“Betsy”: You’ve likely heard the story of Betsy Aardsma, the graduate student whose murder in Pattee Library has gone unsolved since 1969. But senior film student Tommy Davis wants people to know more. “Establishing [Betsy] as a true person was important to me,” Davis told Onward State‘s Jessica Tully. Davis has been researching Aardsma’s story since his freshman year, collecting information from experts on the case and interviewing people who knew Betsy personally. Davis’ full-length film, “Betsy,” opens at the State Theatre on Jan. 19.

Still basking: Yesterday, we told you about Matt McGloin’s stellar NFL debut as starting quarterback for the Oakland Raiders. Last night, McGloin ’12 talked to StateCollege.com‘s Mike Poorman ’82 about post-game soreness, taking on Tennessee this weekend, and the flood of congratulatory texts (including one from Coach Bill O’Brien) he received after Sunday’s game: “My cell was blowing up after the game. And it still is even today.”

Photo by Julia Kern, Onward State

Photo by Julia Kern, Onward State

‘Tis the season: The State College Christmas tree is up downtown, which, depending on who you ask, marks the beginning of the holiday season. The tree lighting is still 10 days away (it’s scheduled for Nov. 29), but the big guy looks pretty good au naturel, don’t you think?

Mary Murphy, associate editor

 

November 19, 2013 at 12:48 pm 1 comment

Hauling in a Little Hardware

We’ve been so swamped this summer that I haven’t had a chance to share the news that the magazine has won some more awards. Heck, I haven’t even had a chance to tell the magazine staff—or the boss—about some of these. Anyway, here’s the scoop:

—We won the Public Relations Society of America‘s “Bronze Anvil” award as the top magazine in the country. (Why it’s called the Bronze Anvil when it’s for first place, not third, has always been a mystery to me.) I have to say that we’re always a little ambivalent about winning an award for public relations efforts, because we don’t think of The Penn Stater as being a stereotypically PR-oriented magazine, full of happy talk about how great everything is at Dear Old State. But we’d like to believe that our (more…)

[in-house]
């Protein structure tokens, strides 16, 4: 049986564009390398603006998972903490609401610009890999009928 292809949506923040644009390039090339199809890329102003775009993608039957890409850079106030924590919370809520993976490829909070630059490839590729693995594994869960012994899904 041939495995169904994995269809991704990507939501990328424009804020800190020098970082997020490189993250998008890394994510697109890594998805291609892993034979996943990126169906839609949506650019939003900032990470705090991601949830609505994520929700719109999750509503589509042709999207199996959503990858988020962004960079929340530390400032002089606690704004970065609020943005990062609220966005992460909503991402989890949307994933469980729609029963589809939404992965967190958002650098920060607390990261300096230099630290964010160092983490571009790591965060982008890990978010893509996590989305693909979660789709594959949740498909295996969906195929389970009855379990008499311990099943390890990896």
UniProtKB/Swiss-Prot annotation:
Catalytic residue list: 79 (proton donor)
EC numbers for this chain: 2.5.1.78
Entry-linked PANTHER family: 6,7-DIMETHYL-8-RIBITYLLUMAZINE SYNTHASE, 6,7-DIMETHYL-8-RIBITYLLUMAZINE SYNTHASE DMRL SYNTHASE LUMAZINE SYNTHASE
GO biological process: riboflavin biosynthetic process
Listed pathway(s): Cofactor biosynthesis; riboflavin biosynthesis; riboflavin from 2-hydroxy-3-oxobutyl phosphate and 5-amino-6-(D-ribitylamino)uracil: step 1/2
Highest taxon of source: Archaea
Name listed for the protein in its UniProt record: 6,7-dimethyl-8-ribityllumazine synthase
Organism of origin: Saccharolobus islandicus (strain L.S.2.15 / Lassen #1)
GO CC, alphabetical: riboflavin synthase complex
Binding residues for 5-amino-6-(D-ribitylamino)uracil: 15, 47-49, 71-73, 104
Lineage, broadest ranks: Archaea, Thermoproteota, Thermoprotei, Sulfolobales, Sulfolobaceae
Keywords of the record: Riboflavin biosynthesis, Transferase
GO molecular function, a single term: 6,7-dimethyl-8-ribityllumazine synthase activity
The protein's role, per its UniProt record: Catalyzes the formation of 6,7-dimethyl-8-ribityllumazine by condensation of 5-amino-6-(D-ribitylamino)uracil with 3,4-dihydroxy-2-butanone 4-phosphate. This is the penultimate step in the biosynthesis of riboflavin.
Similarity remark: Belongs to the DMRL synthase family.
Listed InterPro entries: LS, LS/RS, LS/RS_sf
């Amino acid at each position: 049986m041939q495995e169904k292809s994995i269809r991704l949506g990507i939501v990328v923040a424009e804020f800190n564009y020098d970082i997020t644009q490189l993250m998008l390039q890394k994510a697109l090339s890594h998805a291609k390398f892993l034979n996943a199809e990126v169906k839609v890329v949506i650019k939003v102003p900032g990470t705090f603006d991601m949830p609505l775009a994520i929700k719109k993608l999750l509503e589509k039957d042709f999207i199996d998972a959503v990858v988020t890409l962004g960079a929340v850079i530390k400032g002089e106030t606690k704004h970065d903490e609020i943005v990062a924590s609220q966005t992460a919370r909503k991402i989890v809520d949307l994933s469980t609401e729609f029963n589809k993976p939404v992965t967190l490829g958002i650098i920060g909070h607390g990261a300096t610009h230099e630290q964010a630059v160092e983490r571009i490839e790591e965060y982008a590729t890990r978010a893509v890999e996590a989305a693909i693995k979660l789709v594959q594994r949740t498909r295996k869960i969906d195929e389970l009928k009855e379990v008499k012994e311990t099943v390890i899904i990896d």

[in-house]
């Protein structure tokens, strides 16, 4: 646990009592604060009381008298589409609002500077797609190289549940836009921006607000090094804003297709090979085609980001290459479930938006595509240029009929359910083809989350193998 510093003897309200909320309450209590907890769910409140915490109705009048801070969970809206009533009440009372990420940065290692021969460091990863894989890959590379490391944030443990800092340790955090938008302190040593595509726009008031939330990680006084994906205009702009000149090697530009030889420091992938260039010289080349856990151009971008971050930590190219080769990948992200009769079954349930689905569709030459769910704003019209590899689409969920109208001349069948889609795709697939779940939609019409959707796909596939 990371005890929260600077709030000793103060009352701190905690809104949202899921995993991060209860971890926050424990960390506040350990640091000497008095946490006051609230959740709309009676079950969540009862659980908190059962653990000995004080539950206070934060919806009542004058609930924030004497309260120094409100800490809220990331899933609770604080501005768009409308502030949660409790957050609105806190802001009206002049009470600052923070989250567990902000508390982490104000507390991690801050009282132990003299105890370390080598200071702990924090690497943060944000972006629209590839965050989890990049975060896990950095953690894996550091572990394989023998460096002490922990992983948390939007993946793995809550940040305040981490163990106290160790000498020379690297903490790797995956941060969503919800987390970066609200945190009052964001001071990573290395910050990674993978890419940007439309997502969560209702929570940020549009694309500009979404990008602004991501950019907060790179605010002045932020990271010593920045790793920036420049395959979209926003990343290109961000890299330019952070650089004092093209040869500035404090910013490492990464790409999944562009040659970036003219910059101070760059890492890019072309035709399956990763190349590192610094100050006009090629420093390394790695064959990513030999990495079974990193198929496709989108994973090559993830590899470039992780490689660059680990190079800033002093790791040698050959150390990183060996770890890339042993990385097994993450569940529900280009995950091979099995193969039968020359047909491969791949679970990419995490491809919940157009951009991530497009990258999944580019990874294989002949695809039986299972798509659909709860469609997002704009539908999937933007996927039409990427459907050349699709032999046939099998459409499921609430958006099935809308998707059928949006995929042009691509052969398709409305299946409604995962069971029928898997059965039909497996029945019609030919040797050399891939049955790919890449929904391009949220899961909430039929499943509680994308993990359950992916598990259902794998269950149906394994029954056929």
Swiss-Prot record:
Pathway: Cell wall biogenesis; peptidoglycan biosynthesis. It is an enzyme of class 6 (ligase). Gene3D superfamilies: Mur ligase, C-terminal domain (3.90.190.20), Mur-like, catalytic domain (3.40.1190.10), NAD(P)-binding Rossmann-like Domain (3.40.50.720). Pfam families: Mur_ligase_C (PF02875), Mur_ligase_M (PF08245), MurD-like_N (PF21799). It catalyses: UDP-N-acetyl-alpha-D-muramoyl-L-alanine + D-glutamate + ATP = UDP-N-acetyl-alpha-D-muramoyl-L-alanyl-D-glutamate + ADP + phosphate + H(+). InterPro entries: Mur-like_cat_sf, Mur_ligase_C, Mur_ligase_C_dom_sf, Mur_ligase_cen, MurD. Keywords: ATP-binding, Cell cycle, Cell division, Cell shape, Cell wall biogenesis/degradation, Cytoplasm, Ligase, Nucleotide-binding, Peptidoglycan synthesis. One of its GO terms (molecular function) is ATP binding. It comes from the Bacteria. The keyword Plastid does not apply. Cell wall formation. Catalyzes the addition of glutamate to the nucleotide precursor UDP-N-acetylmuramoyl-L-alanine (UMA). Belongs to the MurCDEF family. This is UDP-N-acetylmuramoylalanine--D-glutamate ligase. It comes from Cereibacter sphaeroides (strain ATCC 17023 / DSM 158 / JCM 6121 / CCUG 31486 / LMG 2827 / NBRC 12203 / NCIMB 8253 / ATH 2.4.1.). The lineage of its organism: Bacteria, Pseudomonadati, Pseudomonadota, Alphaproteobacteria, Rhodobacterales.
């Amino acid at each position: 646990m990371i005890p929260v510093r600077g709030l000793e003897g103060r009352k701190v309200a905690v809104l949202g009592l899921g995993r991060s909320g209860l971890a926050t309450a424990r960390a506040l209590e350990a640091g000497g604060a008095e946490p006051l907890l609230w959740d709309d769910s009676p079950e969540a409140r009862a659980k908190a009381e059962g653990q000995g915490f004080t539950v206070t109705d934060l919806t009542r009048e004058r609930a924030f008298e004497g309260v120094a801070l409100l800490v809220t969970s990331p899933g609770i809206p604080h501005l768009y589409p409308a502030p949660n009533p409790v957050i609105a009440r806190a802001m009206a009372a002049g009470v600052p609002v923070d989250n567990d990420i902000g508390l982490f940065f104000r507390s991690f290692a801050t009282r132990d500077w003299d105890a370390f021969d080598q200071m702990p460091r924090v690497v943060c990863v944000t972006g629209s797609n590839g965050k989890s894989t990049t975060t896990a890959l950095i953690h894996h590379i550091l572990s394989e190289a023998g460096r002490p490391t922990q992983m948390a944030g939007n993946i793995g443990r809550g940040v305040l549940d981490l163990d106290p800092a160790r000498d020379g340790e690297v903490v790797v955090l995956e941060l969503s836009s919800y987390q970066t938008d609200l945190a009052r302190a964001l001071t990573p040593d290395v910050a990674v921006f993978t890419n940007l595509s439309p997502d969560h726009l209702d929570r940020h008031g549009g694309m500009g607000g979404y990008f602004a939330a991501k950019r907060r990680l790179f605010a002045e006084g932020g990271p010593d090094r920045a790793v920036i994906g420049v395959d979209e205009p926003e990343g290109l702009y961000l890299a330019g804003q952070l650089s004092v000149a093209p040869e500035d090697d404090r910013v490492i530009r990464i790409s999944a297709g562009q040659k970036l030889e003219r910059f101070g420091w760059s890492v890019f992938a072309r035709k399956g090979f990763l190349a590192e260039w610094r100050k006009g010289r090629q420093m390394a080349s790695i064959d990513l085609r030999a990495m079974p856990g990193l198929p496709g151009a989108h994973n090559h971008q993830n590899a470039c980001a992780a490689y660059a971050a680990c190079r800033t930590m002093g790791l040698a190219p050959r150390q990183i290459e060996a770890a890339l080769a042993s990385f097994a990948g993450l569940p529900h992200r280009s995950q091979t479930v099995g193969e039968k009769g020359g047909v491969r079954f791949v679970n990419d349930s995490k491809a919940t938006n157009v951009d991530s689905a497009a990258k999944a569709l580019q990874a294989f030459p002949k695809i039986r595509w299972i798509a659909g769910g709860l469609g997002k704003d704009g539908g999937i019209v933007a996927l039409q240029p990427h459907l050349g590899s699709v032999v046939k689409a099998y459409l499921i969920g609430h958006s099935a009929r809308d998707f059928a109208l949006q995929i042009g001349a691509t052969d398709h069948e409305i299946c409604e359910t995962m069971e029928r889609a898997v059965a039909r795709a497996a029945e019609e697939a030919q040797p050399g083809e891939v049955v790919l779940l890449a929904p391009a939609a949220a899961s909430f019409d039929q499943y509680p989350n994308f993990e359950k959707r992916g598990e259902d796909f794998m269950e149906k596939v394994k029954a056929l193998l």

August 20, 2010 at 11:46 am Leave a comment

Five Awards for The Penn Stater

We received word the other day that The Penn Stater has won some honors in the annual Mercury Awards, a national competition in the communications biz. Cool! Here’s what we won:

—The story “Who Killed Betsy Aardsma?” from our September/October 2009 issue won a silver award in the “Feature Article Writing: University” category. That was a look at a 40-year-old campus mystery and the alumnus, Sascha Scucek ’99, ’07g, who is obsessed with solving it.

—The November/December 2009 issue won a silver award in “Writing: University Magazine,” and the January/February 2010 issue won bronze in “Writing: Magazines – Overall.”

—Our article about Ronald Mallett ’69, ’70g, ’73g, called “One Moment in Time,” from July/August 2009, took bronze in “Feature Article Writing: Professional Profile.” Mallett is a respected physicist who has devoted his career to trying to develop a time machine, so he can be reunited with his father, who died when Mallett was 10. (Spike Lee is making a movie about Mallett’s quest.)

—And we received “honors” (something a step below bronze, I guess) for the November/December issue in the “Magazines: Member Publications” category.

Interestingly, both of the award-winning articles mentioned above were written by the same person: Vicki Glembocki ’93, ’02g, our former senior editor and of our favorite freelancers.

Tina Hay, editor

March 12, 2010 at 11:30 am 1 comment

Penn State Honors Vicki Glembocki

vgWe were happy to learn today that the English department at Penn State has named Vicki Glembocki ’93, ’02g its Outstanding Young Alumna for 2010. She’ll be back to campus in April to be presented with the award.

Vicki was senior editor at The Penn Stater from 1997–2001; she left here to become articles editor at Philadelphia Magazine. Nowadays she’s a contributing editor for that magazine and a full-time freelance writer, and along the way she also wrote a book: The Second Nine Months: One Woman Tells the Real Truth About Becoming a Mom. Finally.

We’re very happy that she continues to write for us as well: Most recently she wrote “Who Killed Betsy Aardsma?” for our Sept-Oct 2009 issue; a profile of physicist Ronald Mallett ’69, ’70g, ’73g called “One Moment in Time” for our July-Aug 2009 issue; a profile of winery owner Doug Moorhead ’56 called “A Wine’s Time” for Jan-Feb 2009; and a story about the film No. 4 Street of Our Lady for our Nov-Dec 2008 issue.

Just last week she was out in Los Angeles on assignment for us, interviewing Ty Burrell ’97g, star of the ABC-TV hit series Modern Family. Look for her story on him to appear in our Jan-Feb 2010 issue.

Tina Hay, editor

November 13, 2009 at 2:49 pm Leave a comment